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Contrasting Manual and Automated Assessment of Thermal Stress Responses and Larval Body Size in Black Soldier Flies and Houseflies

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Contrasting Manual and Automated Assessment of Thermal Stress Responses and Larval Body Size in Black Soldier Flies and Houseflies. / Laursen, Stine Frey; Hansen, Laura Skrubbeltrang; Bahrndorff, Simon; Nielsen, Hanne Marie; Noer, Natasja Krog; Renault, David; Sahana, Goutam; Sørensen, Jesper Givskov; Kristensen, Torsten Nygaard.

I: Insects, Bind 12, Nr. 5, 380, 05.2021.

Publikation: Bidrag til tidsskrift/Konferencebidrag i tidsskrift /Bidrag til avisTidsskriftartikelForskningpeer review

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@article{543bf85b2330401fb7a1f7d3706a9314,
title = "Contrasting Manual and Automated Assessment of Thermal Stress Responses and Larval Body Size in Black Soldier Flies and Houseflies",
abstract = "Within ecophysiological and genetic studies on insects, morphological and physiological traits are commonly assessed and phenotypes are typically obtained from manual measurements on numerous individuals. Manual observations are, however, time consuming, can introduce observer bias and are prone to human error. Here, we contrast results obtained from manual assessment of larval size and thermal tolerance traits in black soldier flies (Hermetia illucens) and houseflies (Musca domestica) that have been acclimated under three different temperature regimes with those obtained automatically using an image analysis software (Noldus EthoVision XT). We found that (i) larval size estimates of both species, obtained by manual weighing or by using the software, were highly correlated, (ii) measures of heat and cold tolerance using manual and automated approaches provided qualitatively similar results, and (iii) by using the software we obtained quantifiable information on stress responses and acclimation effects of potentially higher ecological relevance than the endpoint traits that are typically assessed when manual assessments are used. Based on these findings, we argue that automated assessment of insect stress responses and largescale phenotyping of morphological traits such as size will provide new opportunities within many disciplines where accurate and largescale phenotyping of insects is required.",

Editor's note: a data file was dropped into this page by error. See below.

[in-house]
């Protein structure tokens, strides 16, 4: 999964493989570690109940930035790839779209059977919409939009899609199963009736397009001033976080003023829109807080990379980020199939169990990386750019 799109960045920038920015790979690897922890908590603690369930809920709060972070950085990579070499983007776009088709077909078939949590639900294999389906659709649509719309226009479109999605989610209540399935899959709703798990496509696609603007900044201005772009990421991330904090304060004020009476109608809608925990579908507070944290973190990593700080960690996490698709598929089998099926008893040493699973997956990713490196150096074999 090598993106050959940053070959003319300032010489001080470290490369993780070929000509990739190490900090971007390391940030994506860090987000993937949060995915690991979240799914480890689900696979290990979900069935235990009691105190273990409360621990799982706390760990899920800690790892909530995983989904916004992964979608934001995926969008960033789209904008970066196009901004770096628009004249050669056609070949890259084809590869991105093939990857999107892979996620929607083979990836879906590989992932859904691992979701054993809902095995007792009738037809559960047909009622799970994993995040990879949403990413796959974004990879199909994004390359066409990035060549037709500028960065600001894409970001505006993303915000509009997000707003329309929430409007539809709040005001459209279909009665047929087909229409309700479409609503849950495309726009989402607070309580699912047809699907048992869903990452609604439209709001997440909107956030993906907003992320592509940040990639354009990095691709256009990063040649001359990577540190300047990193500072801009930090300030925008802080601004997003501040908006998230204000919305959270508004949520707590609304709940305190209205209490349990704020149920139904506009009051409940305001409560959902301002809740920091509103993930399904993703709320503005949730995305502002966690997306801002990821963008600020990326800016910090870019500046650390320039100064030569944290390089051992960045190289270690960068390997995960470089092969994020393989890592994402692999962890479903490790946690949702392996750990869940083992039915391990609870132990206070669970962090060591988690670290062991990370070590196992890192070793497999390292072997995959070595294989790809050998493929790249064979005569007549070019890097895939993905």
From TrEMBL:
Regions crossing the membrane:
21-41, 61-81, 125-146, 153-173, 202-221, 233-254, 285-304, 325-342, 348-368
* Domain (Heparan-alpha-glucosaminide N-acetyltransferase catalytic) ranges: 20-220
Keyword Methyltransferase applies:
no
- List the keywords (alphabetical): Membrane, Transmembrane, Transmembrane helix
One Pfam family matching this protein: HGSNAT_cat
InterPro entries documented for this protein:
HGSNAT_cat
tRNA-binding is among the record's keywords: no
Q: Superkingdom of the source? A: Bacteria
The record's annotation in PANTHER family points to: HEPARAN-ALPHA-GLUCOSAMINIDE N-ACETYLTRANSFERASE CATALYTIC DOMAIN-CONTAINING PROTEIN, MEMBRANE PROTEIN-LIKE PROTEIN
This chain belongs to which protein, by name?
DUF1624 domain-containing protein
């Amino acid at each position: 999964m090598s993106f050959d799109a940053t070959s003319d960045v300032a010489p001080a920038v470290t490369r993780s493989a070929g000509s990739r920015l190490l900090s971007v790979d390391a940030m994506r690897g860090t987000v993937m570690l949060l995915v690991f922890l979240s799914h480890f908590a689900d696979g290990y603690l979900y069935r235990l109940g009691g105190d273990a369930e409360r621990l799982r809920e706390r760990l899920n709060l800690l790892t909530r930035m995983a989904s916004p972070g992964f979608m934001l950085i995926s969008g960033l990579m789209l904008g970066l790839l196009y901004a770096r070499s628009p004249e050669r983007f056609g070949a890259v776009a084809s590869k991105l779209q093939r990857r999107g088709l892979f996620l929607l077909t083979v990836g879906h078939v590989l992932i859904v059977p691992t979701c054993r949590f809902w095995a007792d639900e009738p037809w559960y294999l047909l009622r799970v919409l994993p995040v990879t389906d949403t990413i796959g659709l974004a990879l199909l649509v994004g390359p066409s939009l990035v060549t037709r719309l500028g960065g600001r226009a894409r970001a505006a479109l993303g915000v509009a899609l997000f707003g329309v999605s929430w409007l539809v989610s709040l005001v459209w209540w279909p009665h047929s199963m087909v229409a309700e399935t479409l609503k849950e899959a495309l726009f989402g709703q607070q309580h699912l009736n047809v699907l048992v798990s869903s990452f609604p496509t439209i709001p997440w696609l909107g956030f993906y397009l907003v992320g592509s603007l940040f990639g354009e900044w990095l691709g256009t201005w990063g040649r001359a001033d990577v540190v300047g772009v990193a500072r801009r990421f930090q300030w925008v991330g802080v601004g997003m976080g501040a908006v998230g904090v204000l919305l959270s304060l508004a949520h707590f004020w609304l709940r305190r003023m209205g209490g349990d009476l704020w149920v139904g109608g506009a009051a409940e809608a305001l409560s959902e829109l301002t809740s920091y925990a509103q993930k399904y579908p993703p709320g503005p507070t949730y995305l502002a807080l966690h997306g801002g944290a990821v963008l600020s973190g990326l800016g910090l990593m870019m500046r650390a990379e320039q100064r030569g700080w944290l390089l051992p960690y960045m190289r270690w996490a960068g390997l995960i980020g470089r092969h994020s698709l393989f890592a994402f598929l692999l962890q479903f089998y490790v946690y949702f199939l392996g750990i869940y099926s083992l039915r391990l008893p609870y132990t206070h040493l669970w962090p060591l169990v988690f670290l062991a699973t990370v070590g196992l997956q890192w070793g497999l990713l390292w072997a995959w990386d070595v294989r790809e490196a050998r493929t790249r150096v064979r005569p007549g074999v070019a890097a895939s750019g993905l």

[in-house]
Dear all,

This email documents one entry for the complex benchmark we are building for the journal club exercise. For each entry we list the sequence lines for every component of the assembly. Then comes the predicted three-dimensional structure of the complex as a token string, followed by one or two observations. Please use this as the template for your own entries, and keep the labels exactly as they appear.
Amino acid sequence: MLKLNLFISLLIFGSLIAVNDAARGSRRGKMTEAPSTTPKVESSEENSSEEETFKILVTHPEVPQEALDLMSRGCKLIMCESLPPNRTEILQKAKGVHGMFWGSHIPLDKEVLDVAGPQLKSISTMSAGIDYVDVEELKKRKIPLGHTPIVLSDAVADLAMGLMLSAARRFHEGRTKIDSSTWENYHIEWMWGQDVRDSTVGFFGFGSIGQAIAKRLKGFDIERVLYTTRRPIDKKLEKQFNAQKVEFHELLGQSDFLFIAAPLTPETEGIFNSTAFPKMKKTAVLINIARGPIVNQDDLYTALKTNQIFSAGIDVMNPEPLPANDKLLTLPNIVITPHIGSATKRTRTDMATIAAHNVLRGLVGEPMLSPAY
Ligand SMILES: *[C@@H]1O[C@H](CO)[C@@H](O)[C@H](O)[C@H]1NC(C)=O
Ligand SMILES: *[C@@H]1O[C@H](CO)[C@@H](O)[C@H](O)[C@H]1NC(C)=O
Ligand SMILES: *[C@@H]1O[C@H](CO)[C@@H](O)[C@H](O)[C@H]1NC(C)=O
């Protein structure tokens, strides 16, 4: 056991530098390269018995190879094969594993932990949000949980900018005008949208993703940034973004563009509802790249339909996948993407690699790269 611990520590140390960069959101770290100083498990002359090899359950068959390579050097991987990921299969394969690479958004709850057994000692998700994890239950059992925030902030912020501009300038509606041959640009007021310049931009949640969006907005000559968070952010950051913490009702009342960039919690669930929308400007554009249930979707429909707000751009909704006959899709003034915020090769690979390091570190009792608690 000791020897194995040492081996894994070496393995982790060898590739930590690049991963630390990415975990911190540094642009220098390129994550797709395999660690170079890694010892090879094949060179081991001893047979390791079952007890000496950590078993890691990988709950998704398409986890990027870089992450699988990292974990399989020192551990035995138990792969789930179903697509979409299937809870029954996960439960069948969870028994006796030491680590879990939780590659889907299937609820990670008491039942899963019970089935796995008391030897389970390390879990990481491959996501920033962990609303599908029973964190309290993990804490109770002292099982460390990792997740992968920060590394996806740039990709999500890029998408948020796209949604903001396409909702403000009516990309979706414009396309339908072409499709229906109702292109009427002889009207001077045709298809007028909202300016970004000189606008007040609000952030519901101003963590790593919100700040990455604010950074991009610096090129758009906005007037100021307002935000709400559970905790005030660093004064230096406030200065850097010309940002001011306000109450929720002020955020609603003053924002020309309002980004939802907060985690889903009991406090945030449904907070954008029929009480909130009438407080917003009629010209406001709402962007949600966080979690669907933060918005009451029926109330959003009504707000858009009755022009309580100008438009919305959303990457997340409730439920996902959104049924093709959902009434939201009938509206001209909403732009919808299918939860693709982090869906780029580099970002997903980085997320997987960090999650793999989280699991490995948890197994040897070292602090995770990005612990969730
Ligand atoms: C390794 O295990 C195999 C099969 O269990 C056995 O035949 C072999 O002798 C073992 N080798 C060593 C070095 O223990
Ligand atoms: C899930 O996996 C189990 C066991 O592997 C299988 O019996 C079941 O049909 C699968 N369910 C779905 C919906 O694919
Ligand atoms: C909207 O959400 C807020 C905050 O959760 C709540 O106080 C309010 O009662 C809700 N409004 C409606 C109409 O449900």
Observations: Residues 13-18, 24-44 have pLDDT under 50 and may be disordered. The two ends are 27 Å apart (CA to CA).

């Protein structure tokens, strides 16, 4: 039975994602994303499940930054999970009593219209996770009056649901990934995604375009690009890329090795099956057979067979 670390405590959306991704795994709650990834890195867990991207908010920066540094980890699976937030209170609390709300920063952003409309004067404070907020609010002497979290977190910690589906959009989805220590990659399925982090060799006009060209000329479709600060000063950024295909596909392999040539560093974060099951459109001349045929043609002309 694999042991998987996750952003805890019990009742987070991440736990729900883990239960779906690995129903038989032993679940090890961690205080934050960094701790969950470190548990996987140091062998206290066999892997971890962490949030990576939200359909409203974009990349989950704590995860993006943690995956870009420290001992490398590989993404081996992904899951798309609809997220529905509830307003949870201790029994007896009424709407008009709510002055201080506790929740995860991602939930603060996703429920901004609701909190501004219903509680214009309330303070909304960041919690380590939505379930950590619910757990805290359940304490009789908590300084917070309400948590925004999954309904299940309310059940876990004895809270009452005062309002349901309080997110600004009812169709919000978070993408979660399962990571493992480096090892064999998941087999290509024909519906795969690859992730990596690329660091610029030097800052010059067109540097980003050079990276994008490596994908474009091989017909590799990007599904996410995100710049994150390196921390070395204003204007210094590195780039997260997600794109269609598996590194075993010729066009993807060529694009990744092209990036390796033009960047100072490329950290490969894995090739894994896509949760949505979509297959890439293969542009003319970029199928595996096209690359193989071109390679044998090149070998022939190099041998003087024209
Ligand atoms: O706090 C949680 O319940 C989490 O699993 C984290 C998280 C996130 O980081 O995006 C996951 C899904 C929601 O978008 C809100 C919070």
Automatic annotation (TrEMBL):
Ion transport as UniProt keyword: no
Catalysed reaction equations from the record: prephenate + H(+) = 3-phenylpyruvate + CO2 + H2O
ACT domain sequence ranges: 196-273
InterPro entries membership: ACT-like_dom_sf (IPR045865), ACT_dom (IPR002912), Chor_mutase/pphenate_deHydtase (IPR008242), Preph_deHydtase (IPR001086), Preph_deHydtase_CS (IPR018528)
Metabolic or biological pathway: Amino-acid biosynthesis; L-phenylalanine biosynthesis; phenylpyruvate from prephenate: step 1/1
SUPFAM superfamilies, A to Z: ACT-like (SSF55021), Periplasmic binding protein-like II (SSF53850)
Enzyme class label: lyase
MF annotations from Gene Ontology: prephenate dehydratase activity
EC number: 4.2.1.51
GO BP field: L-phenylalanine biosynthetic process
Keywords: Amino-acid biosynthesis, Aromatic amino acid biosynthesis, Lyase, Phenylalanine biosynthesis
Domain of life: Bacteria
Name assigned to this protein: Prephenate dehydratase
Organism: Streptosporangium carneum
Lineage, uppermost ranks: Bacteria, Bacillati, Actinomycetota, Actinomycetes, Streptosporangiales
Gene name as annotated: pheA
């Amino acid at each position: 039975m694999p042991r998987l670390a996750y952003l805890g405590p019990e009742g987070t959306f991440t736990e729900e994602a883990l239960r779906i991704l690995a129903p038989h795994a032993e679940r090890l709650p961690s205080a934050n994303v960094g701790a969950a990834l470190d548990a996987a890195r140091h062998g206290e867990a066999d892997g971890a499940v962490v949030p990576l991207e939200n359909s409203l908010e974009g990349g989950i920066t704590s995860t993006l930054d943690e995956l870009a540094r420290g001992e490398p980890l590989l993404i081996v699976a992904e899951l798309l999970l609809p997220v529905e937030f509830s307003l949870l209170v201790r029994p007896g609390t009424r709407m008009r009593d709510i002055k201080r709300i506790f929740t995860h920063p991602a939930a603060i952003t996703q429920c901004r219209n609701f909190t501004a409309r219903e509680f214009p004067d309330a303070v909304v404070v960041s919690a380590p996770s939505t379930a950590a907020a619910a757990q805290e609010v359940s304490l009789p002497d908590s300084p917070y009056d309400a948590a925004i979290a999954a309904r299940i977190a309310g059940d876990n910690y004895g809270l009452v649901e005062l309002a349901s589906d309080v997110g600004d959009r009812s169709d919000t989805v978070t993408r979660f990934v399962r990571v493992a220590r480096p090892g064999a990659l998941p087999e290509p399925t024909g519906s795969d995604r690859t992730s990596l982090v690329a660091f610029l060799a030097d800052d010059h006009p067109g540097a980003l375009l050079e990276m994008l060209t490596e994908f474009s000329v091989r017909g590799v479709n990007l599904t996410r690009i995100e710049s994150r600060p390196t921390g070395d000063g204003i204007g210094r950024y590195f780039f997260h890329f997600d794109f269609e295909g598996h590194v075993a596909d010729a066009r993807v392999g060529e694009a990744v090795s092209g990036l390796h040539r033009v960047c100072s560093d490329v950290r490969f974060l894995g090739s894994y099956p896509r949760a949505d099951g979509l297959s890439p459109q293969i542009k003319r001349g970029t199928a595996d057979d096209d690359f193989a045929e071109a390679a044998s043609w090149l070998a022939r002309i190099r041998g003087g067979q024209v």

author = "Laursen, {Stine Frey} and Hansen, {Laura Skrubbeltrang} and Simon Bahrndorff and Nielsen, {Hanne Marie} and Noer, {Natasja Krog} and David Renault and Goutam Sahana and S{\o}rensen, {Jesper Givskov} and Kristensen, {Torsten Nygaard}",
year = "2021",
month = may,
doi = "10.3390/insects12050380",
language = "English",
volume = "12",
journal = "Insects",
issn = "2075-4450",
publisher = "M D P I AG",
number = "5",

}

RIS

TY - JOUR

T1 - Contrasting Manual and Automated Assessment of Thermal Stress Responses and Larval Body Size in Black Soldier Flies and Houseflies

AU - Laursen, Stine Frey

AU - Hansen, Laura Skrubbeltrang

AU - Bahrndorff, Simon

AU - Nielsen, Hanne Marie

AU - Noer, Natasja Krog

AU - Renault, David